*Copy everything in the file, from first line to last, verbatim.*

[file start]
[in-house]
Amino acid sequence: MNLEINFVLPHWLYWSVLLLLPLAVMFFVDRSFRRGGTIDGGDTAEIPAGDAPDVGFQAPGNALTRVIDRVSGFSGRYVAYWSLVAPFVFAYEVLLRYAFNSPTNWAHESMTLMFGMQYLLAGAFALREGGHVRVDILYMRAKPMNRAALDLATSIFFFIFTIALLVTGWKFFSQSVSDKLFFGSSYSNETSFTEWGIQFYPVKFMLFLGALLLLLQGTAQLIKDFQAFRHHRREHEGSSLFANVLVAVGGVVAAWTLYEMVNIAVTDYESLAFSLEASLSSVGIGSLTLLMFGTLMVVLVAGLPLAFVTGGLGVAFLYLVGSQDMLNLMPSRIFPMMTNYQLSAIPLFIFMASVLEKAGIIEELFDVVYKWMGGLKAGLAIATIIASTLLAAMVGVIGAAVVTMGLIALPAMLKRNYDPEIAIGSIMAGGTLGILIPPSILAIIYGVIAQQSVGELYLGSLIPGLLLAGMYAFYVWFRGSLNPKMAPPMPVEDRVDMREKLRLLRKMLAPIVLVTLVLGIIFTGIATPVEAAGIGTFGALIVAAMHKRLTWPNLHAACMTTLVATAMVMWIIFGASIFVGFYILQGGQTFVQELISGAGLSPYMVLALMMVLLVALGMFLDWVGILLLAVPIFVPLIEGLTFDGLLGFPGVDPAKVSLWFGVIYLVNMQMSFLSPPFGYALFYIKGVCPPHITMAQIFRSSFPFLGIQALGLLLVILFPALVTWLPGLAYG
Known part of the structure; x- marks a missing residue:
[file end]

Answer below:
[in-house]
Amino acid sequence: MNLEINFVLPHWLYWSVLLLLPLAVMFFVDRSFRRGGTIDGGDTAEIPAGDAPDVGFQAPGNALTRVIDRVSGFSGRYVAYWSLVAPFVFAYEVLLRYAFNSPTNWAHESMTLMFGMQYLLAGAFALREGGHVRVDILYMRAKPMNRAALDLATSIFFFIFTIALLVTGWKFFSQSVSDKLFFGSSYSNETSFTEWGIQFYPVKFMLFLGALLLLLQGTAQLIKDFQAFRHHRREHEGSSLFANVLVAVGGVVAAWTLYEMVNIAVTDYESLAFSLEASLSSVGIGSLTLLMFGTLMVVLVAGLPLAFVTGGLGVAFLYLVGSQDMLNLMPSRIFPMMTNYQLSAIPLFIFMASVLEKAGIIEELFDVVYKWMGGLKAGLAIATIIASTLLAAMVGVIGAAVVTMGLIALPAMLKRNYDPEIAIGSIMAGGTLGILIPPSILAIIYGVIAQQSVGELYLGSLIPGLLLAGMYAFYVWFRGSLNPKMAPPMPVEDRVDMREKLRLLRKMLAPIVLVTLVLGIIFTGIATPVEAAGIGTFGALIVAAMHKRLTWPNLHAACMTTLVATAMVMWIIFGASIFVGFYILQGGQTFVQELISGAGLSPYMVLALMMVLLVALGMFLDWVGILLLAVPIFVPLIEGLTFDGLLGFPGVDPAKVSLWFGVIYLVNMQMSFLSPPFGYALFYIKGVCPPHITMAQIFRSSFPFLGIQALGLLLVILFPALVTWLPGLAYG
Known part of the structure; x- marks a missing residue: